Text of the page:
Lubomyr Melnyk’s most recent album “Rivers and Streams” was released on November 27th.

Don’t say we didn’t warn you!

by ivories


Well, after the lovely spring-like start to Toronto’s winter, the cold weather has finally set in, which means there’s no doubt a significant number of you who’ve now proceeded to build camp fires in the middle of your living rooms for additional warmth (or, we suppose, you may have just cranked the thermostat by twenty degrees or dusted the cob webs off the fireplace for reasons other than a visit from a jolly old man in  a red suit). Whatever your solution to the frigid air that has set in, we’re sure there will be dozens (alright, hundreds) of people who fail to take our may years of warnings seriously and overheat their piano rooms to the point where some of those costly repercussions we’ve mentioned in our previous posts come into play. Today we’ll take a quick look at one of those: Piano pin block and tuning pin problems.

An overly dry climate will eventually lead to cracking of the piano’s pinblock, but before that occurs,  simply loosened tuning pins due to expanding pin holes that can no longer hold their tuning pins snug. Depending on the severity of the damage there are four solutions to the problem, all at varying price points and levels of success.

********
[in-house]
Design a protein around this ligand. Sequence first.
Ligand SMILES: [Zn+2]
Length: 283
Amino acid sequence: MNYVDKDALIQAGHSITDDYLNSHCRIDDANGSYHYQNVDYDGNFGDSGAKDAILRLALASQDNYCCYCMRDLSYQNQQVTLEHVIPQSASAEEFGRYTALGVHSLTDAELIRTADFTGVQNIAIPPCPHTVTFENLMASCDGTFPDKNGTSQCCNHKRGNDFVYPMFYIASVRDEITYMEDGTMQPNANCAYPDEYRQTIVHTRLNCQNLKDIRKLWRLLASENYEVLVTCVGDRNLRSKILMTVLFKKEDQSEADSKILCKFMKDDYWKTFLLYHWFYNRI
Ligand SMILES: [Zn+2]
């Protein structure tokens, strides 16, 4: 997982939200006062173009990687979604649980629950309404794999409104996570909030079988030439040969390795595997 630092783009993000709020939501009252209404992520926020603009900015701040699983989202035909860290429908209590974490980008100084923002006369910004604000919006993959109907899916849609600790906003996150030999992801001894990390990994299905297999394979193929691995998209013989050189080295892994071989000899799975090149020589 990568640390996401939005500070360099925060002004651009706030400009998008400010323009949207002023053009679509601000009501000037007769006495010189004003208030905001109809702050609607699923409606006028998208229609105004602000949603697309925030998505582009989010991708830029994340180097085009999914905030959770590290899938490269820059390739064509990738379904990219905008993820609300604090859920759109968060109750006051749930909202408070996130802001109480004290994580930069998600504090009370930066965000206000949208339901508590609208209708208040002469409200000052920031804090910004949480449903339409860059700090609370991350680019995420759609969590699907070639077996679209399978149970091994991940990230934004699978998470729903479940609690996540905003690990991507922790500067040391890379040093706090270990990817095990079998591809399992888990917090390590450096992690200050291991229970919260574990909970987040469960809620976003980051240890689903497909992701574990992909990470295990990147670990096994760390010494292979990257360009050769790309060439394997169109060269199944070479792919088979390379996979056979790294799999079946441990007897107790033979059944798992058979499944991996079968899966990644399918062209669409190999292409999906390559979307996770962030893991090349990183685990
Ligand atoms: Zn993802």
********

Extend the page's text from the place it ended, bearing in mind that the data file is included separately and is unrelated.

The quick-fix for less serious cases is simply to knock the existing tuning pins in further to create a better grip. This of course can only be done to a certain point before the coils become too recessed and other options have to be considered.

This leads us to our second more economical quickie fix: Piano pin tightening fluid. With this option, a specially formulated liquid is injected into the area surrounding your loose tuning pins by the piano technician. This liquid will cause the surrounding wood of the pinblock to swell, leading to a renewed tightened grip on your piano’s tuning pins. This option has varying levels of success, and the results may only last for a season or two as opposed to more thorough, permanent solutions, which are as follows: